• There is no book logic to uphold, or refute, these contentions.  There is only the logic of life: the reader must ask himself if this description of the paradox of human nature is true or untrue of his human nature.
  • If he finds any truth in the description, he may be willing to ask further if the new-old words of the creed have an answering truth:  “God of God, Light of Light, Very God of very God; . . . who for us men and for our salvation came down from heaven, . . . and was made man.”  (from the Nicene Creed)

True Patriots — Tecumseh, Oklahoma, April 2007

The Crossroads Academy and V-5 Institute Board has had little help from me recently, but I haven’t “quit” either, especially when I get opportunities to meet with some of God’s good men and women. So I and mine did this past weekend at the Rominger home in Tecumseh. The occasion was filled with conversation, board business (redefining, reorganizing), spiritual devotion, some great meals (thanks Janelle) and a good dose of Oklahoma history courtesy of Dr. Don Rominger. It is a rich history, and none are more aware of it than the numerous American Indians who in the twisting course of events had much befall them in Anglo-America. Yet they–and the rest of us–are part of a much more complex America that includes everyone (not always happily) but still permits special identities. That is no more so than with Indian identity, tribal belonging.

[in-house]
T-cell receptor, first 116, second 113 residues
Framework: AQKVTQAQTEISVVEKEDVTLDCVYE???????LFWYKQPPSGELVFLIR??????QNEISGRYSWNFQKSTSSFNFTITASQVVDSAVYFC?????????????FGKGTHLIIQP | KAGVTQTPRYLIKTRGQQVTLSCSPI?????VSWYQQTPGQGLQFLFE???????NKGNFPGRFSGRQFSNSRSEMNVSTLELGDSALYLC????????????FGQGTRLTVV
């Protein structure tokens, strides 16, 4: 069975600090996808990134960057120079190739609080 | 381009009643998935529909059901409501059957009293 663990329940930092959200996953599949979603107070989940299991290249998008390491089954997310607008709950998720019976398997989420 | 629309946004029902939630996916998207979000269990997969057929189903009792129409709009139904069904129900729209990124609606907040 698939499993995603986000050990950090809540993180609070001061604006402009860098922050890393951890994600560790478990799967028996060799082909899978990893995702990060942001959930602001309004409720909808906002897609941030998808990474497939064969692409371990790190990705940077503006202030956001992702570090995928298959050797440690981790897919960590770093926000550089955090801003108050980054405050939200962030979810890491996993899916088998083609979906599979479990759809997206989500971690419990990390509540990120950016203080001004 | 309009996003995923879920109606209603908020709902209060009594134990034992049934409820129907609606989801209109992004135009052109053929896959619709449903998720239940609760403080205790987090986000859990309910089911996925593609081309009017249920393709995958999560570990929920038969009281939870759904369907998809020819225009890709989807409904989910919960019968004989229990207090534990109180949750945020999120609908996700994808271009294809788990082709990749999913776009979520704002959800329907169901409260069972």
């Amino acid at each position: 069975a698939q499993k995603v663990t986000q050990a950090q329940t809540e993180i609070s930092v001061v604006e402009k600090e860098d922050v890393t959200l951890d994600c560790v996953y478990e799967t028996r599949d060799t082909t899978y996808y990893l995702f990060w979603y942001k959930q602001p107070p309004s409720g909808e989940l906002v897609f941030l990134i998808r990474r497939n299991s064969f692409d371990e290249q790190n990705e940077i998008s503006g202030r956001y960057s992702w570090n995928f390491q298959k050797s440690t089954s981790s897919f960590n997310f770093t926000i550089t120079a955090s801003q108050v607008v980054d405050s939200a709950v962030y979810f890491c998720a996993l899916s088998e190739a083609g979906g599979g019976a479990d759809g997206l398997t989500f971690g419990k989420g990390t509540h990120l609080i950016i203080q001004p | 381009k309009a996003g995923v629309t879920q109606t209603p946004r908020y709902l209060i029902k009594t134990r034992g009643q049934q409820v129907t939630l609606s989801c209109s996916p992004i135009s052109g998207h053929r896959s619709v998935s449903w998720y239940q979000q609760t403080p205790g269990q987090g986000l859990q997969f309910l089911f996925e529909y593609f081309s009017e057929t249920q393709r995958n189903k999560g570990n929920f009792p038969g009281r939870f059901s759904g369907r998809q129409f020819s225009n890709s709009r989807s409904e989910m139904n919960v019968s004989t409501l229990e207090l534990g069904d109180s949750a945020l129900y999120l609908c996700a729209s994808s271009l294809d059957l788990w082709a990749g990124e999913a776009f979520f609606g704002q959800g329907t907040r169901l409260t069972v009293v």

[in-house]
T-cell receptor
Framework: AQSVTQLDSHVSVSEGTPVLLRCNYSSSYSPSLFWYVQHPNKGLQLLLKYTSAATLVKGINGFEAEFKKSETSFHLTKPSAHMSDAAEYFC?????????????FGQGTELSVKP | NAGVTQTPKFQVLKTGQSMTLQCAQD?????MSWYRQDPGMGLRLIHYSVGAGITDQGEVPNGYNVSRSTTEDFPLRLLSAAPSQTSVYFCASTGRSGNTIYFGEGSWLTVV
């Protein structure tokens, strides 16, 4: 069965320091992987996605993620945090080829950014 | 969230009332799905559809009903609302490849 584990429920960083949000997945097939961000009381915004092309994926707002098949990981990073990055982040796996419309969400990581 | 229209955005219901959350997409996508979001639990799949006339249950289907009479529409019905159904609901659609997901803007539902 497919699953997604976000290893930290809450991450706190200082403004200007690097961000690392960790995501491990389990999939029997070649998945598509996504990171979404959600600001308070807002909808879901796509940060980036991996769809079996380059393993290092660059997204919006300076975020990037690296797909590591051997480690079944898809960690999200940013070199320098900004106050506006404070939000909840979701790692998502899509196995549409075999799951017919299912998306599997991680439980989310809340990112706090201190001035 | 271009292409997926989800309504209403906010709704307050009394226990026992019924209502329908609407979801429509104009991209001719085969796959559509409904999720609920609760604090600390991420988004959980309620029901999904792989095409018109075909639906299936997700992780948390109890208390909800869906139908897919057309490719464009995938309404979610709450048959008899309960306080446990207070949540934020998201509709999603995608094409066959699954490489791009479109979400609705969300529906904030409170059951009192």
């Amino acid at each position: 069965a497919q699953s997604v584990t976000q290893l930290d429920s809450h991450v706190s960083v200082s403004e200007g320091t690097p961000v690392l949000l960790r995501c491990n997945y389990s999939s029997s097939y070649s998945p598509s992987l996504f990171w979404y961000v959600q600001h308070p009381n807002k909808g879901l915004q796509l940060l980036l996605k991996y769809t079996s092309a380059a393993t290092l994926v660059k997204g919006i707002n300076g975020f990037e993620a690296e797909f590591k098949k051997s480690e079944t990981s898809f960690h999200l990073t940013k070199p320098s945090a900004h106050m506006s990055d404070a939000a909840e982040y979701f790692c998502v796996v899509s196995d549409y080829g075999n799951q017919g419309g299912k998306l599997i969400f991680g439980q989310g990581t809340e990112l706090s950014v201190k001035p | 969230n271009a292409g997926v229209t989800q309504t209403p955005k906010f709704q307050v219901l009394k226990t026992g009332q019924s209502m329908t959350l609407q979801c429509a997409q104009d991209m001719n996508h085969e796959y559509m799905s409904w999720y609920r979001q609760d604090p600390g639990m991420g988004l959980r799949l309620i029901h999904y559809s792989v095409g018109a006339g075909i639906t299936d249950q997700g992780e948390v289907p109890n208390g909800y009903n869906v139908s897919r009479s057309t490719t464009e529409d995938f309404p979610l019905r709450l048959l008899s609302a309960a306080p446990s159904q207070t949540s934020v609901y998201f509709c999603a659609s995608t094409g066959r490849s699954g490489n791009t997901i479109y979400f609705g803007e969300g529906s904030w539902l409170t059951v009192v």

This past weekend our board president received, in absentia, a token, a totem of unity and patriotism, a gift in honor of his own military service, patriotism, and love of the United States and what our nation best represents, a ceremonial working/battle axe. It was also in honor of his sons, one of whom, a Marine lieutenant, still is recovering from burn injuries received in Iraq from a roadside bomb that killed most of his brothers-in-arms. Those injuries will force his retirement, which he must accept, though reluctantly, and earlier than he wished.